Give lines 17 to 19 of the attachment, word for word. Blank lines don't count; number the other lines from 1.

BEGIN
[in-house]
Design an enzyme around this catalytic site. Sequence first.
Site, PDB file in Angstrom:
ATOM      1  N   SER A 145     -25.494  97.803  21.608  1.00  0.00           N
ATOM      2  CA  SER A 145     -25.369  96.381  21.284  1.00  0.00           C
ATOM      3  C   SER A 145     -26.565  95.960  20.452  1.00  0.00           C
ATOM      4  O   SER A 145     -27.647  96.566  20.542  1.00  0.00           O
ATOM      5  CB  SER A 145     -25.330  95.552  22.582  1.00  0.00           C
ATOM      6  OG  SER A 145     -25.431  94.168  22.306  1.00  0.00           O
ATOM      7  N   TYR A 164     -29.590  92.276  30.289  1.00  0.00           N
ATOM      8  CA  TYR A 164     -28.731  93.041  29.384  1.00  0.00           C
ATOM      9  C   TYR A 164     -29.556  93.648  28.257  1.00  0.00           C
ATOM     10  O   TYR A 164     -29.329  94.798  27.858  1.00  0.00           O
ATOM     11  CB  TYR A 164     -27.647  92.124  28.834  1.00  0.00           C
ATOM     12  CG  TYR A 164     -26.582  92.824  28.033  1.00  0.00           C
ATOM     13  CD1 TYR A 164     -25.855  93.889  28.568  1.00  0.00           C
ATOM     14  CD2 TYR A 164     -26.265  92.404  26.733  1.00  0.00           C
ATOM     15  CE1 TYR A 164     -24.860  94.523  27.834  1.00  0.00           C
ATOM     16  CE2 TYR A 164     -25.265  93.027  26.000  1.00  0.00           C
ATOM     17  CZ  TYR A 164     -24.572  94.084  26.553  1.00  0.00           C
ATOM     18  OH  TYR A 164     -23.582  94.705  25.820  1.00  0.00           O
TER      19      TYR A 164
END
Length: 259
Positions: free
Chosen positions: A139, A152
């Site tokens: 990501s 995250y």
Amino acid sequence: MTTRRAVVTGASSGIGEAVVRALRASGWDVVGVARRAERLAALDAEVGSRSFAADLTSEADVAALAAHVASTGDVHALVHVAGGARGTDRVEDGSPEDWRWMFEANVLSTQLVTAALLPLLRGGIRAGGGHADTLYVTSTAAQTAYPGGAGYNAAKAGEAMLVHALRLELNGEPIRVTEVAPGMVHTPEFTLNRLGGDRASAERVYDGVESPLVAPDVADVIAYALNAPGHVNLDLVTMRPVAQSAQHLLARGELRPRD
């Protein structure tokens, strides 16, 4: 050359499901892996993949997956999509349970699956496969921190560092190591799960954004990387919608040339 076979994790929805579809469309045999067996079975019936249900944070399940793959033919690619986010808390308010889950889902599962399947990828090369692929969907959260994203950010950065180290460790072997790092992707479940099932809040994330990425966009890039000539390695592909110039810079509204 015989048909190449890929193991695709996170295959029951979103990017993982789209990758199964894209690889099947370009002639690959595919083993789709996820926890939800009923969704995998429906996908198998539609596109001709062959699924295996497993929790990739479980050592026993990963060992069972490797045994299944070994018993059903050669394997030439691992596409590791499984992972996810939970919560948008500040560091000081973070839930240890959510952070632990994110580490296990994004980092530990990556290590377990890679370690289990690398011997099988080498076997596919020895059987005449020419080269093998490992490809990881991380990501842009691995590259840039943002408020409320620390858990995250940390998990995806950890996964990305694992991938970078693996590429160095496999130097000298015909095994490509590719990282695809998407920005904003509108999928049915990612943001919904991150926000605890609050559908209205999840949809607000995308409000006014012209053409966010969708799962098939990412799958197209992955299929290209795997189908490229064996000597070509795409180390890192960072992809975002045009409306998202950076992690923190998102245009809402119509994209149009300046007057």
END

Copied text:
ATOM     14  CD2 TYR A 164     -26.265  92.404  26.733  1.00  0.00           C
ATOM     15  CE1 TYR A 164     -24.860  94.523  27.834  1.00  0.00           C
ATOM     16  CE2 TYR A 164     -25.265  93.027  26.000  1.00  0.00           C